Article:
I think it’s safe to say the phrase “dubstep is dead” has finally fallen out of circulation from the EDM public. Although Bassnectar is quick to falsely speculate on its monotony, up-and-coming and renowned producers alike keep releasing unique tracks to prove otherwise. Spanish maestro Spag Heddy is a perfect example of this originality, and has over a hundred tracks to prove it.
At 28 years old, the wub-happy producer has secured a commanding position in the limelight for years to come. His exemplary talent in the studio is most evident – in my opinion – in his track “Fiddy Kay.” Authoritative wubs and piercing screeches are mixed perfectly with a head-banging percussion pattern, all layered over a masterful sub-bass.
I got to speak with Spag, and couldn’t have been more impressed with his down-to-earth, respectful nature. This versatile superstar has garnered widespread acclaim for his indisputable skill, and has no desire to boast about anything but his incessant love for music. Check out our short interview below, as he delves into his musical inspirations and humble beginnings.
I’ve read that you were a drummer from the moment you could hold drum sticks. How has your multi-decade experience with music evolved into the sound design mastery that it is today?
“I started making hip hop beats on Fruity Loops when I was around 16. Since it was the demo, I couldn’t save projects, so I would make songs in 1 go. Instead of spending time on learning techniques, I just made songs whilst learning the basic stuff like sidechaining, compressing, sampling, etc. It took years, mostly because I’ve never been really interested in the technical stuff.”
How does a Spanish virtuoso get into quasi-abusive dubstep?
“I’ve always loved both the melodic side as the ’quasi-abusive’ side of music – whatever the genre. The melodies I played as a kid / teenager on my dad’s keyboard were cheesy as hell (that never changed). When dubstep was getting big in Holland I fell in love with the wobbles. When Skrillex dropped Scary Monsters & Nice Sprites it was perfect: the combination of sweet melodies AND monster growls! Guys like Cookie Monsta, Funtcase, Figure, Excision, and Dr. Philth became huge influences to me.”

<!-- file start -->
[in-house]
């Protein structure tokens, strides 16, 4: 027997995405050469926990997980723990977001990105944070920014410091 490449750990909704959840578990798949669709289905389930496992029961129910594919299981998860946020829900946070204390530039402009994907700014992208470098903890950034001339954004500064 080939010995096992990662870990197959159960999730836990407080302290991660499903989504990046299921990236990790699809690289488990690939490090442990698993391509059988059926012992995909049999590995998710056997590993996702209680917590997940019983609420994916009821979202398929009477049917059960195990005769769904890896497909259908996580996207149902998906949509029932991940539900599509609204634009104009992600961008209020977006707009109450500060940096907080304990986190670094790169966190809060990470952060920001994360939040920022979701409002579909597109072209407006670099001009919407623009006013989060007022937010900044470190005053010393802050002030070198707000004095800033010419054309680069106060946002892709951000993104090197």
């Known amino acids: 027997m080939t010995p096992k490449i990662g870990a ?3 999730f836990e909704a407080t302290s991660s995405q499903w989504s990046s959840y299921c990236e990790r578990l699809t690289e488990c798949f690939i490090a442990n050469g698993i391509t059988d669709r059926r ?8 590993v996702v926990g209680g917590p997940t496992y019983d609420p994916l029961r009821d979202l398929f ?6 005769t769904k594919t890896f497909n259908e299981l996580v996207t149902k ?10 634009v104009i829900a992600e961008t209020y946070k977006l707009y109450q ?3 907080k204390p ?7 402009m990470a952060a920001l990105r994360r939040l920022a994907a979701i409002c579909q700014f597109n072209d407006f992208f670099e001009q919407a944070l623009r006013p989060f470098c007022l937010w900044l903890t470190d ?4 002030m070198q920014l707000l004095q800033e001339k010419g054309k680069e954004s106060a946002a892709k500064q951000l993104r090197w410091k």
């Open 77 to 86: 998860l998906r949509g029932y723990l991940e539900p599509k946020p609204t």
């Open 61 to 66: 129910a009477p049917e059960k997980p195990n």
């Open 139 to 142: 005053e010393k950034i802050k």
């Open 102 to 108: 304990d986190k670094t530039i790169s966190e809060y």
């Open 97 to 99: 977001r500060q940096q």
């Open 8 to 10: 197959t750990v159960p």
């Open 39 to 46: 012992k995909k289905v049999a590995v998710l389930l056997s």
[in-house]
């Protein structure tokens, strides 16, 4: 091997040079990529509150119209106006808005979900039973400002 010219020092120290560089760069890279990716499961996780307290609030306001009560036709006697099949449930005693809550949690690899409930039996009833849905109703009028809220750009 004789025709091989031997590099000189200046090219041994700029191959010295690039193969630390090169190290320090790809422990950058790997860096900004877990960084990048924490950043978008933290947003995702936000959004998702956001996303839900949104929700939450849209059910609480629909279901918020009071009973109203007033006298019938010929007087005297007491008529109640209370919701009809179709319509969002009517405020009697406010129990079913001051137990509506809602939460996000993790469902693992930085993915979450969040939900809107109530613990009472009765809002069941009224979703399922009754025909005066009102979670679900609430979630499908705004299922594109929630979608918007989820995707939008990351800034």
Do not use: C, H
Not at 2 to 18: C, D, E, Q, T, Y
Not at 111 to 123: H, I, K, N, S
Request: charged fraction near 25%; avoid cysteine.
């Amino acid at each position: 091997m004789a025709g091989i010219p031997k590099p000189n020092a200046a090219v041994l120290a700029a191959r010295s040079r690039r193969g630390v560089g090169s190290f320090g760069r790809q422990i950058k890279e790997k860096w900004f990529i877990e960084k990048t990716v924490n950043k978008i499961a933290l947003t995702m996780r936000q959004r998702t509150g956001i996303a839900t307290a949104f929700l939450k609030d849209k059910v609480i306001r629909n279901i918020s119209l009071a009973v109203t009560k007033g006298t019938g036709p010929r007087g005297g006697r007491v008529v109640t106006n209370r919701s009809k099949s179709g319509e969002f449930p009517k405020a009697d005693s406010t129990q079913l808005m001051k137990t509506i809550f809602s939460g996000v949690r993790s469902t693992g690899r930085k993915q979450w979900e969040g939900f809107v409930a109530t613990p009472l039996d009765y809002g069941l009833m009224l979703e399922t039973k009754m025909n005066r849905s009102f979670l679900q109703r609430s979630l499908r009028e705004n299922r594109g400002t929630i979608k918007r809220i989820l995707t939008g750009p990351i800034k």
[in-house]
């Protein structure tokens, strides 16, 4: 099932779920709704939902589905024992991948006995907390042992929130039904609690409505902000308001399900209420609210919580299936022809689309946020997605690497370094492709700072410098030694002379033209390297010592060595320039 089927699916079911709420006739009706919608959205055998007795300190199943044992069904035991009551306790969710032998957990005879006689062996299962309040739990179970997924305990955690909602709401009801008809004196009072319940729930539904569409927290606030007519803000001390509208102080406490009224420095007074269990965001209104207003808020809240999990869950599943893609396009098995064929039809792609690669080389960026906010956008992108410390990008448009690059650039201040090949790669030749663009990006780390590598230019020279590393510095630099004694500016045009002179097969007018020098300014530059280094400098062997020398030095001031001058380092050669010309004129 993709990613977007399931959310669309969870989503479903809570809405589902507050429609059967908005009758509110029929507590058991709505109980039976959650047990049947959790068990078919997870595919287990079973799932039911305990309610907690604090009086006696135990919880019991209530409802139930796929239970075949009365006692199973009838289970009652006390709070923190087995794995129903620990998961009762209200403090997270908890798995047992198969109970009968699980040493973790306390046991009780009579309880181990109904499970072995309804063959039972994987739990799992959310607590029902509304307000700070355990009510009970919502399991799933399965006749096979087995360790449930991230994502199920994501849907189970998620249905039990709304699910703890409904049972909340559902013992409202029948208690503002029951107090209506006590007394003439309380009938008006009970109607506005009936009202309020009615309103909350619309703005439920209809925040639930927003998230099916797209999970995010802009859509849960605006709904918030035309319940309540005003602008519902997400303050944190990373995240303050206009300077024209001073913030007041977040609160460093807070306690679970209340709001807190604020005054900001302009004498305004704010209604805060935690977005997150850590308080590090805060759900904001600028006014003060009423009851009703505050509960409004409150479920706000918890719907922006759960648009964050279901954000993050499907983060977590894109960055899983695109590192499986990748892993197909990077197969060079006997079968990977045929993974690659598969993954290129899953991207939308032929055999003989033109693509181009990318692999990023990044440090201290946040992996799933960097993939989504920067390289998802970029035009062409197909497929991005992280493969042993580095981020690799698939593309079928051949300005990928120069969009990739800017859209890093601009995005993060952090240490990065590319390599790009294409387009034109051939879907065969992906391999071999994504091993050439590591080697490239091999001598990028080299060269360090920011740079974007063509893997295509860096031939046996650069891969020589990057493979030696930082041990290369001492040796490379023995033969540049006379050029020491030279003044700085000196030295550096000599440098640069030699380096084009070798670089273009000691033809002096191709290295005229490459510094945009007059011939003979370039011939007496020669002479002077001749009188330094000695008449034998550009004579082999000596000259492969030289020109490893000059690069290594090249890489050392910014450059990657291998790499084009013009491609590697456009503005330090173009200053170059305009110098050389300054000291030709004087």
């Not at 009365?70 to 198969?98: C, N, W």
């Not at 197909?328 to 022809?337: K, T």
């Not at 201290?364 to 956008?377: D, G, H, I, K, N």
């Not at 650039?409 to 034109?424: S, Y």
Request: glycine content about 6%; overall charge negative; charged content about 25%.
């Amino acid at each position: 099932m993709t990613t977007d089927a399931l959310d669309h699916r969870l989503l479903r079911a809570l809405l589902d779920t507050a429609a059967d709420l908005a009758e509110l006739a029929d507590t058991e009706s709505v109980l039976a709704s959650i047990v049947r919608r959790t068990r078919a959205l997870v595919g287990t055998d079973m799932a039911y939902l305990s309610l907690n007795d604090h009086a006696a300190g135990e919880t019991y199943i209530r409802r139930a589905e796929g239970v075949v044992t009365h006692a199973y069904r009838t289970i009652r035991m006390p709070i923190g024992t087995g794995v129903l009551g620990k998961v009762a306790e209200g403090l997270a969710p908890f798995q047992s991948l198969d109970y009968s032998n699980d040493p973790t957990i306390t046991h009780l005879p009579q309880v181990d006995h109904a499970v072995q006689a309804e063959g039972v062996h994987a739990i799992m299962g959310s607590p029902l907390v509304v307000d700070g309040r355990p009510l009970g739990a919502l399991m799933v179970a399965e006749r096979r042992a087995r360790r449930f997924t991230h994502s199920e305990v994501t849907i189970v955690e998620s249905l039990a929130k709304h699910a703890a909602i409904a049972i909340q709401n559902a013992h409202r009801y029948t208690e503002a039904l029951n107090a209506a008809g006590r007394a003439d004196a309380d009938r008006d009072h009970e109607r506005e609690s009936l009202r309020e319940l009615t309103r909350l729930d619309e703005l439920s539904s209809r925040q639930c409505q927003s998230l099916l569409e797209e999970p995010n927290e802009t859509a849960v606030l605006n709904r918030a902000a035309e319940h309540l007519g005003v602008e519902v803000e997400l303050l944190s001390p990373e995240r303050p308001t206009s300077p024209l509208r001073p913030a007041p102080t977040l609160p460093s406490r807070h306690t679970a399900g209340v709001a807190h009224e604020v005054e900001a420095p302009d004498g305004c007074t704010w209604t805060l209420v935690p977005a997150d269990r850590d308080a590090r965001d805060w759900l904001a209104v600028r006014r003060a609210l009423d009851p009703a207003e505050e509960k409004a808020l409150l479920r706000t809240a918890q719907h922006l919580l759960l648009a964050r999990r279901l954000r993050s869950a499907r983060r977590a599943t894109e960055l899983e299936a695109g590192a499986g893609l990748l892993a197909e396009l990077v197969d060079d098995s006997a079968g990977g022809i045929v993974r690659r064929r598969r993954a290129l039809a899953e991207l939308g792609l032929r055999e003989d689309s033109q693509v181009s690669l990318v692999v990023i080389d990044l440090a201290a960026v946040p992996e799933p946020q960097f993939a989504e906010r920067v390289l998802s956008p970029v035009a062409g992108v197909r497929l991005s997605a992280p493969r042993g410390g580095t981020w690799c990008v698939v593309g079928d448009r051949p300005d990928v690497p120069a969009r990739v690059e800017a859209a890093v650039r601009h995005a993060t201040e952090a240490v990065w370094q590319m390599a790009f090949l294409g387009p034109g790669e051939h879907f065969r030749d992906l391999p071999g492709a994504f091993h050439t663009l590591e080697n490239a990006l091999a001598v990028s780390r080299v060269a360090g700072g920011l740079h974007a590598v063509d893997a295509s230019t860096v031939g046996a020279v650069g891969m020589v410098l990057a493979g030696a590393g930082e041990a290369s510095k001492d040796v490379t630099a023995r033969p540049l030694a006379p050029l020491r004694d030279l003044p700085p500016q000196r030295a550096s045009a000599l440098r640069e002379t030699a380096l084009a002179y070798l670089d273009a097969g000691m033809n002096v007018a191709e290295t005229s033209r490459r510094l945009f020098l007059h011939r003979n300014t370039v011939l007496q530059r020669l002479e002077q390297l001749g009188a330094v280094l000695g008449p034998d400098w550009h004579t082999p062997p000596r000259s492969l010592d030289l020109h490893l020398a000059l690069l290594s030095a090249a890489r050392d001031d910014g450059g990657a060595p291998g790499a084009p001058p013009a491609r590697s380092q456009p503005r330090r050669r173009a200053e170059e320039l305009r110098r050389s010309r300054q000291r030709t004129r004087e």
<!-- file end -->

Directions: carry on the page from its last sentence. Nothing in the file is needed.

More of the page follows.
You’ve worked on heavyweight collaborations with the likes of Dubloadz, Dr. Ozi, Tisoki, and more. Who did you learn from the most, and what was your most enlightening experience in the studio?
“All my collabs have actually been on distance, working with stems. I’m a huge fan of all the artists I worked with, they all have something unique that I admire. The most awesome and inspiring thing about collabs is that you can literally blend two completely different styles together and in that way create something new that you wouldn’t have done on your own. With every project I’ve learned something new!”
Where/whom do you draw the most inspiration from?
“Nowadays I’m drawing huge inspiration from live shows by looking at the crowd and listening to sets of fellow DJ’s. There’s so many tunes you HAVE to hear it live for its true power, whether it’s ‘riddim’, ‘bro’, or ‘terrorsquad’. Some of the bigger artists that inspire me are Zomboy, MUST DIE!, and Virtual Riot, but the ‘smaller’ ones just as much, like Tisoki, Ray Volpe and Eh!de.”
With the current state of copy-and-paste synths pervading the EDM scene, how do you stay so original?
“I’ve always stayed away from sample or preset packs. It’s hard enough already to not subconsciously be copying whatever the trend is. I always advise beginning producers to keep the amount of VST’s at a minimum too. By always making synths myself I learned to use the plugins, which for my basses are just Massive and Harmor, well enough to make whatever I want.”
What can we expect from you in 2016?
“There’s an announcement coming very soon that’s hopefully gonna take my career a step further. Next to that I’ve been crazy busy with new music; I think I could almost fill an entire set with new stuff *laughs*. The cooking never stops, and the food is getting spicier!”